Also, he would likely have some signs and symptoms. Chest pain. Nausea. Left arm pain. Sweating. Demonstrating these might make the scenario seem more believable. Having Rebecca witness the code would have been more dramatic.

Also, it would make more sense that he would suffer this cardiac event while he is actually under duress— such as during the rescue of the children and the dog.

The only way to truly know that this is the type of heart attack Jack suffered as presented in the show would be to conduct an autopsy.

This Is Us— thanks for killing off a beloved character in a totally lame way— at least from a medical standpoint.

Author Beware: This Is Us

Dear This Is Us— please portray nursing accurately. 

Few can argue with the success of the new NBC drama This Is Us. I’m an avid watcher of the show myself. If you like your heartstrings being tugged at every conceivable corner and you’re not watching then you’re missing out on a great opportunity for a good cry. Well, really, several good cries per episode.

nbc-this-is-us-midseason-aboutimage-1920x1080-koThat being said, I was mildly disappointed in a medical scene portrayed in Season 1, Episode 11. If you haven’t seen it, I don’t think I’ll be spoiling much unless you don’t the the fate of Toby post his Christmas collapse. If that statement is true then you should stop reading here.

In episode 11, Toby is getting prepped for heart surgery. He is anxious, but not overly so. It’s a cute and funny scene. There is a flurry of activity as the nursing staff gets ready to take him to pre-op. The conversation goes something like this:

“Name.”

“Toby Damon.”

“Place of birth.”

“Hope Springs.”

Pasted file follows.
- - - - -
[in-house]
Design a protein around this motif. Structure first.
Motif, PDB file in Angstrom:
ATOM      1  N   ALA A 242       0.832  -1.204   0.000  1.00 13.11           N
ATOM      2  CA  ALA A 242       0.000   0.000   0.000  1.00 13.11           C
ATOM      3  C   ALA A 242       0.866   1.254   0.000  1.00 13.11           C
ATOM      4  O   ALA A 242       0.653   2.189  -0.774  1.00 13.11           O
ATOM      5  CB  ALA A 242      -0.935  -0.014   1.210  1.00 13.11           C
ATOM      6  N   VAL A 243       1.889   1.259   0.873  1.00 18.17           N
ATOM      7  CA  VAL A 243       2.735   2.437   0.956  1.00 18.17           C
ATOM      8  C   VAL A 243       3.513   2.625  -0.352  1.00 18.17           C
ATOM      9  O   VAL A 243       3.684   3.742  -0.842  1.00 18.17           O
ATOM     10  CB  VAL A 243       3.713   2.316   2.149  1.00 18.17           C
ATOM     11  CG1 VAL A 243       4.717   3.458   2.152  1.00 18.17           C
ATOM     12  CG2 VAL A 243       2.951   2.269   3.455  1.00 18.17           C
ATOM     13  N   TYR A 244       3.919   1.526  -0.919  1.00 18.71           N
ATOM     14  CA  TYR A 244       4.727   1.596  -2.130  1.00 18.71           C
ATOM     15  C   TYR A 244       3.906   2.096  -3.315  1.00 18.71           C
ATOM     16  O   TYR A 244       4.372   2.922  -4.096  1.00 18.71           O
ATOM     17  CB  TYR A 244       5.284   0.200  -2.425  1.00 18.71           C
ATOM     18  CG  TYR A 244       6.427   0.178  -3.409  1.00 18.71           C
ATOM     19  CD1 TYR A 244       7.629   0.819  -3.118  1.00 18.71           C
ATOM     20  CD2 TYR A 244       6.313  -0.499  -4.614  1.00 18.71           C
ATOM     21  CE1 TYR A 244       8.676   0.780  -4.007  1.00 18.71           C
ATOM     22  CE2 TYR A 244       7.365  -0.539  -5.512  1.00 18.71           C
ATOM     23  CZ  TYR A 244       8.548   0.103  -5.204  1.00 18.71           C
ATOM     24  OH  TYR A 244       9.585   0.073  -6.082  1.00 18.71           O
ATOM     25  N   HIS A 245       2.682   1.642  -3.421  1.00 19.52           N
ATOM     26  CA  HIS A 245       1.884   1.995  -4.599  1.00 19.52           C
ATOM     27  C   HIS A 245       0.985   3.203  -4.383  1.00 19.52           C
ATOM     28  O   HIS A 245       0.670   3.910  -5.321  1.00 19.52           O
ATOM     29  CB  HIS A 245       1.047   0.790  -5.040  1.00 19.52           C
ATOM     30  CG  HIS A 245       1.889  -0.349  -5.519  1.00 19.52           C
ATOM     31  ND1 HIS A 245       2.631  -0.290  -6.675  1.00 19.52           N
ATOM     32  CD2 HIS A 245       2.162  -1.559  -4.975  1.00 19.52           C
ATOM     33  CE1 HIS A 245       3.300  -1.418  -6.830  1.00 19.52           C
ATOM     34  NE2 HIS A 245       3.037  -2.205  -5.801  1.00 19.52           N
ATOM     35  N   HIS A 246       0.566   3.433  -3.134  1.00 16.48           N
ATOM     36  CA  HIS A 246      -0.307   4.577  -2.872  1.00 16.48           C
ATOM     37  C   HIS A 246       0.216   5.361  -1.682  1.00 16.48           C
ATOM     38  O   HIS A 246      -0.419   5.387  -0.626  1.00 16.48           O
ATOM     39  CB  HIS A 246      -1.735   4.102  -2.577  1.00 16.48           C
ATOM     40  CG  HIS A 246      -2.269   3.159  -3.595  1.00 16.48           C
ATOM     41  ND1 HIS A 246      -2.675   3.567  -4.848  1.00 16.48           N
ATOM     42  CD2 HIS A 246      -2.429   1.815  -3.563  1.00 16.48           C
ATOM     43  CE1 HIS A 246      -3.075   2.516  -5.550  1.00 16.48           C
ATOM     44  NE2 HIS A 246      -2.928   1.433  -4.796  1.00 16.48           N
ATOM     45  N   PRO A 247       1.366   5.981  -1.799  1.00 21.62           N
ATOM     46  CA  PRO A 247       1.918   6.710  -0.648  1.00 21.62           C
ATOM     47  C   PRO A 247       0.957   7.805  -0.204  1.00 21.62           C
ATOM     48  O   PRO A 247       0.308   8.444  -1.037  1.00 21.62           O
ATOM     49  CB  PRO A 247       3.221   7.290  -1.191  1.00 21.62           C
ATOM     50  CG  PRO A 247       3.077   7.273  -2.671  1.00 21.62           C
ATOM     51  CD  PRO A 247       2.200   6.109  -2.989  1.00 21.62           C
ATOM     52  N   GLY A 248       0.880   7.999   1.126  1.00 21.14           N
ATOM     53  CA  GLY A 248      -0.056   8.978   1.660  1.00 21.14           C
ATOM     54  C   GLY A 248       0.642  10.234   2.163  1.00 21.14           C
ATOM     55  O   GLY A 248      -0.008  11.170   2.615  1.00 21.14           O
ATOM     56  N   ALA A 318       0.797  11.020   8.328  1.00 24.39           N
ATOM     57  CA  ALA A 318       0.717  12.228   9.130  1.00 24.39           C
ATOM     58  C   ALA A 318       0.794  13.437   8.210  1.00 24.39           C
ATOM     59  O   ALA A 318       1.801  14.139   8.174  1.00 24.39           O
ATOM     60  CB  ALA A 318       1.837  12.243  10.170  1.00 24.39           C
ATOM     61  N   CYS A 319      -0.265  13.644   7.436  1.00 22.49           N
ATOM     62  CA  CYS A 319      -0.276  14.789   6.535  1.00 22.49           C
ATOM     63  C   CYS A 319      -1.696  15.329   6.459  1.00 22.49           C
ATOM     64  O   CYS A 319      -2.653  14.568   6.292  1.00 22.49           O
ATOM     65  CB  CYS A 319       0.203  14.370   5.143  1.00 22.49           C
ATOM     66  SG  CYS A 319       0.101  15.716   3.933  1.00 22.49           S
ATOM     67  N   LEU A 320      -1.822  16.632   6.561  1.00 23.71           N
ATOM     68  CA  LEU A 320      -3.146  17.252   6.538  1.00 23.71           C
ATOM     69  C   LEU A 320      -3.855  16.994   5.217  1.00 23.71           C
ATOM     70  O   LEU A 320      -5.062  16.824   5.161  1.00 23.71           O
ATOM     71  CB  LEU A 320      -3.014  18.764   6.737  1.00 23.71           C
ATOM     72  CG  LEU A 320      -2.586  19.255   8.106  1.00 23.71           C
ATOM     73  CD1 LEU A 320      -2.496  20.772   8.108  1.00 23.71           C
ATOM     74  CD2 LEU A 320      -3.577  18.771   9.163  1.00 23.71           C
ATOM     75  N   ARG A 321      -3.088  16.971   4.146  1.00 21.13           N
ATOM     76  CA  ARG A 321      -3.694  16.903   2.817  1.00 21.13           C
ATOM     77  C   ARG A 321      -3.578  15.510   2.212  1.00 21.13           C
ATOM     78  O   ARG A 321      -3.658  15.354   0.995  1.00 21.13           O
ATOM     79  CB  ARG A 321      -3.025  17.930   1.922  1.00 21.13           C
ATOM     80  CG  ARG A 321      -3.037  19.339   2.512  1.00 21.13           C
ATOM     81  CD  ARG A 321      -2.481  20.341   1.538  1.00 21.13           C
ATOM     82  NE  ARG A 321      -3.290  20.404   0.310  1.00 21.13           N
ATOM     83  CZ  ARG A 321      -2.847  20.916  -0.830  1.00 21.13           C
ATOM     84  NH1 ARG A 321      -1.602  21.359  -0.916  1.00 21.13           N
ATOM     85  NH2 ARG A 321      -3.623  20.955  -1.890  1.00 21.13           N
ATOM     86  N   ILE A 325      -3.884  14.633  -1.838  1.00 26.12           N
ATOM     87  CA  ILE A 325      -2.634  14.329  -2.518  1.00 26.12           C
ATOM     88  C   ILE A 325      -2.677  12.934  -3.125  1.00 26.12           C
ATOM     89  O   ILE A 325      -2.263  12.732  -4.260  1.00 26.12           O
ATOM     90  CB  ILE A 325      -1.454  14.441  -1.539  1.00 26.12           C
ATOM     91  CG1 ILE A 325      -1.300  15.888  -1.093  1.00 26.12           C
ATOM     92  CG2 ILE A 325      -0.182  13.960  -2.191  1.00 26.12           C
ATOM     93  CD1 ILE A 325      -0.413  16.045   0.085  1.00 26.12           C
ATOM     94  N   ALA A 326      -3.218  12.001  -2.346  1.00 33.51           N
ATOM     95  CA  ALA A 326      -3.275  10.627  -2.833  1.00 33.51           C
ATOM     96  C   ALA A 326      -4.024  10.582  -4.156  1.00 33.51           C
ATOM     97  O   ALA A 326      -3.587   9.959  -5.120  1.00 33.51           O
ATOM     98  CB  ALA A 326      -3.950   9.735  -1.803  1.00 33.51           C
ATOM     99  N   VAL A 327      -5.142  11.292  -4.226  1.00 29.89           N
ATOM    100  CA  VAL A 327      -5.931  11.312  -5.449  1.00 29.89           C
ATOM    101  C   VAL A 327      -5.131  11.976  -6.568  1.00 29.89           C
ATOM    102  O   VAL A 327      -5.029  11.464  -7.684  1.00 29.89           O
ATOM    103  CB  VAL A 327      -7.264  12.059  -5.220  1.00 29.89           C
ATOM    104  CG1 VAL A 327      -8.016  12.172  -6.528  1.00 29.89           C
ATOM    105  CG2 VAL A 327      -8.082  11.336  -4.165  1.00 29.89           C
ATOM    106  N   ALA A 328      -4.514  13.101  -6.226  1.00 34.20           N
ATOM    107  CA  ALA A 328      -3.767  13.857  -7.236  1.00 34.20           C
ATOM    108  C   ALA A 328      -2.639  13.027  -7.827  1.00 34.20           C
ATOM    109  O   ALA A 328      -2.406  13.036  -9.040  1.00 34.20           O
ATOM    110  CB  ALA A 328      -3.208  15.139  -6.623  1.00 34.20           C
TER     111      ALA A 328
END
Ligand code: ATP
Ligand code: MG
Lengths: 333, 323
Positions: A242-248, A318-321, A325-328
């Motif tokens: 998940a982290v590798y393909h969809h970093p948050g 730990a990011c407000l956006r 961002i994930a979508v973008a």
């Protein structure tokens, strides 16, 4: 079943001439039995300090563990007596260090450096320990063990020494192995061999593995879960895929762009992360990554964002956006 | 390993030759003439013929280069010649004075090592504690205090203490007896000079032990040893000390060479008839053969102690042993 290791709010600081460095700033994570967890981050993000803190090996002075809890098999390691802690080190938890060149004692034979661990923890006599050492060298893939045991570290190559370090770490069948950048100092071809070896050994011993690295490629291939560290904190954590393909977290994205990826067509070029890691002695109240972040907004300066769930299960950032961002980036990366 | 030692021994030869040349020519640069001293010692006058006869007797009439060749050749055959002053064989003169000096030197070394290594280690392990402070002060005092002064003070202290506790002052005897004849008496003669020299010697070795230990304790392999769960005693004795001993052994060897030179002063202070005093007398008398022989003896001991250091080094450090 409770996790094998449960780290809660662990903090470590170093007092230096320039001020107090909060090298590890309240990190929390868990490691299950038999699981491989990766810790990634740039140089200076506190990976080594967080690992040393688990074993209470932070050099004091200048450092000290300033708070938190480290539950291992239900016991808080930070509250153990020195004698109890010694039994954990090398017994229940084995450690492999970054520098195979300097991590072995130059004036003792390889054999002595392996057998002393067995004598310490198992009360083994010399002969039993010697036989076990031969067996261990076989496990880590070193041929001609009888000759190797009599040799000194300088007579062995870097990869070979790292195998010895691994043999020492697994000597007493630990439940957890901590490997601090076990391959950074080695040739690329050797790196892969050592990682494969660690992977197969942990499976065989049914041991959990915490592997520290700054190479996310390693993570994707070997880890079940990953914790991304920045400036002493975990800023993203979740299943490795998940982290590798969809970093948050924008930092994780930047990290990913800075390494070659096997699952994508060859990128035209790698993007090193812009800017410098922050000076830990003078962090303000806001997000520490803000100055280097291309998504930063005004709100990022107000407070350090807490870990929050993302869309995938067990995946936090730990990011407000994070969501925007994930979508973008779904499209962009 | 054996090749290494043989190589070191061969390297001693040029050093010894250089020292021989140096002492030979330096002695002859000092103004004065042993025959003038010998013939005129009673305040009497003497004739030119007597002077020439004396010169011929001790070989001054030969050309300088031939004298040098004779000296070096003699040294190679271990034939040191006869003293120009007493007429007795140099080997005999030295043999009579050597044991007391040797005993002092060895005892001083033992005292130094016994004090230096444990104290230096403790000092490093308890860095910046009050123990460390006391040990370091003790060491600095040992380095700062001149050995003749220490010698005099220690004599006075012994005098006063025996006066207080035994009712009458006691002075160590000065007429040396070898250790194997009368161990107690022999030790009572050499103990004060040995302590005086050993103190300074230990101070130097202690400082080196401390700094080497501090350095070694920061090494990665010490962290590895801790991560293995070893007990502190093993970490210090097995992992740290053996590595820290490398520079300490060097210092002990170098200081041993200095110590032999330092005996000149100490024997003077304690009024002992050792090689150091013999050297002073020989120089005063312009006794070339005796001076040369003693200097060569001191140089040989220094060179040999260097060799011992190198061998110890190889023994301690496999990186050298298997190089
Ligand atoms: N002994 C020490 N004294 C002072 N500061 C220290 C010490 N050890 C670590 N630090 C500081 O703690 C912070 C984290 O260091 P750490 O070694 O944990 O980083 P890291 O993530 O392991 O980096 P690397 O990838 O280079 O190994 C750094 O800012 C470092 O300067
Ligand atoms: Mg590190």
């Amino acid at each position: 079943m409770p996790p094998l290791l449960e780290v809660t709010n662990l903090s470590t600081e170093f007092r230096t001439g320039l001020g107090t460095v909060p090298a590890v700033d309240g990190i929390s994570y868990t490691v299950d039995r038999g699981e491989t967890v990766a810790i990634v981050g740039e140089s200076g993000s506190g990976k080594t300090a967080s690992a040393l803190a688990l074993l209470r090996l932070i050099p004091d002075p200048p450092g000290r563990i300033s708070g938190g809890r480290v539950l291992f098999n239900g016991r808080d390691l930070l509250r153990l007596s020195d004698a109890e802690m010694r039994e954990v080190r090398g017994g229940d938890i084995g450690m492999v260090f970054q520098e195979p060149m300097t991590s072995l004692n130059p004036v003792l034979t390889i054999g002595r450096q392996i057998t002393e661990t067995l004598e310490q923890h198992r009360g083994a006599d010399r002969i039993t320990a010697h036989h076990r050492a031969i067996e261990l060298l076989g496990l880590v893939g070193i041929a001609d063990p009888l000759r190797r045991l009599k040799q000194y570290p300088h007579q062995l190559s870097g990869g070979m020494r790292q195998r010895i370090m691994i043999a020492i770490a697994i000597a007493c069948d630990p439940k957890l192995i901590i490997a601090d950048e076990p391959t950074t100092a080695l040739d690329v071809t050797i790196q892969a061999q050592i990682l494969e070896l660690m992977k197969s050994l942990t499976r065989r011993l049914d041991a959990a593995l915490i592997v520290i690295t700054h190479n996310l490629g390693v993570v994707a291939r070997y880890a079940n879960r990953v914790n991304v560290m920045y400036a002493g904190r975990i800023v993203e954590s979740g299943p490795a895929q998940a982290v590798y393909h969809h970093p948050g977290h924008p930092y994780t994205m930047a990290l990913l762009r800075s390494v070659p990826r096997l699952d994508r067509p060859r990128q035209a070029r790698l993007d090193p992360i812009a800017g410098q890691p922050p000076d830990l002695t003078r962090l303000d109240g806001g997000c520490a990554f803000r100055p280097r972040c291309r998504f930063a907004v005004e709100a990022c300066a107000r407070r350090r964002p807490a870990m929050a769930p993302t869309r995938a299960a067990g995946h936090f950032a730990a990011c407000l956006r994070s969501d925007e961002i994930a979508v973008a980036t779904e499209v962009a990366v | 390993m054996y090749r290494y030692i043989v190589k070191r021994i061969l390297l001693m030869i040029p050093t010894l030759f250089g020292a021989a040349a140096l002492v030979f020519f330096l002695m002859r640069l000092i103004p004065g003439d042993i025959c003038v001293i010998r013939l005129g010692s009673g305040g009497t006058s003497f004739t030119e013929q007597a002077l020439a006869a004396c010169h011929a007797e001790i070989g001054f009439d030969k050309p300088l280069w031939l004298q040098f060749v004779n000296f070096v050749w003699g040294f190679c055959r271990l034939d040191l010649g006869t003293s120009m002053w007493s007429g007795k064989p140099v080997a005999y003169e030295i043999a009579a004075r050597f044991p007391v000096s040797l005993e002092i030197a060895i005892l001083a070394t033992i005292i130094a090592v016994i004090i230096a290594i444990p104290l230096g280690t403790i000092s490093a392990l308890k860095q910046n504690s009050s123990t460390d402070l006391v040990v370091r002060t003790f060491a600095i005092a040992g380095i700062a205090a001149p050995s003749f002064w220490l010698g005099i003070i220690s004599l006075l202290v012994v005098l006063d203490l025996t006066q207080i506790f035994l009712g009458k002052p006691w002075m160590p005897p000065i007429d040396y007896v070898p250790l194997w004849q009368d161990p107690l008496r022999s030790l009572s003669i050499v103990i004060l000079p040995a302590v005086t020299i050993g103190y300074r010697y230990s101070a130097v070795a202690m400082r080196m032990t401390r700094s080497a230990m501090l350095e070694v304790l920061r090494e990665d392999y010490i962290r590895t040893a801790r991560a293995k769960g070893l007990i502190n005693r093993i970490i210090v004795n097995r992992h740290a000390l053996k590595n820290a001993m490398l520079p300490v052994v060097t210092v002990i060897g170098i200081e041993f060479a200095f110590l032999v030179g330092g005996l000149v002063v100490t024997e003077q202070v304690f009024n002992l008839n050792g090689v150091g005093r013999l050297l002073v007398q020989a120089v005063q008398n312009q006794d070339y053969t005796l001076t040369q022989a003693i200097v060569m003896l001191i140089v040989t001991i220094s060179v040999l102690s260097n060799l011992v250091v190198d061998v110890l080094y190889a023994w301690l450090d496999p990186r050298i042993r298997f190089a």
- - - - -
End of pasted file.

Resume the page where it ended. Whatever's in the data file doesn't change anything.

At this point, a nurse comes in with a very large needle and makes it noticeable to the patient.

“What is that?” Toby asks. “Holy Cow. Look at the size of that thing! I’m a big guy but geez.”

The nurse then inserts the needle into the IV port and delivers the medication. Another staff member says, “Look this way, we’re getting ready to take you to prep.”

Toby— after the medication takes effect. “What’s in that?”

Nurse replies, “You’re fine. Don’t worry about it.”

Toby asks again. “What was in that needle?”

Nurse responds. “Just medicine.”

Ugh. I mean, really? Let’s take a look at the medical problems with this scene from mild to annoying.

Problem #1: Place of birth is never asked. Although, I do like that they use what is called two patient identifiers— it’s never place of birth. Usually, it’s your birthday. Also, if he’s going to surgery, there should be some communication with the patient about his understanding of the procedure he’s going to have. “Sir, my name’s Jordyn. I’m one of the OR nurses here to take you to the pre-op area. What procedure are you going to have done today?”

Problem #2: It’s called Pre-op. Not prep.

Problem #3: This is getting more egregious. We don’t insert needles into IVs anymore. They are all needleless system. I get that it looks more dramatic to come in wielding a big needle, but it isn’t medically accurate. I haven’t seen an IV system you had to access with a needle in over fifteen years. In fact, in most tubing systems you can’t even insert a needle anymore.

Problem #4: If you are using a needle and the patient is anxious— don’t show them the needle. Obviously, this is one way to increase the patient’s anxiety which is not the direction we want them to go.

Problem #5: The patient asks the nurse twice what he’s being injected with and she doesn’t disclose it. Honestly, this goes against the very fiber of the nursing code. Nursing is about telling your patient the truth and educating them about what’s happening to them medically. Now, in an anxious patient, the explanation doesn’t need to be long. She could have simply stated, “Sir, it’s very common to be anxious before surgery. This medication is called Versed and will help you relax a little bit.”

Just so the staff writers of This Is Us are aware, I am available for medical consultation. Don’t make me hate a show I love by portraying medical people like they don’t care about a patient’s very direct questions. Little is seen in this scene of the medical staff using other methods to calm and relax this patient other than shoving a medicine in his IV and not even educating him about what it is.

That’s not how we take care of patients.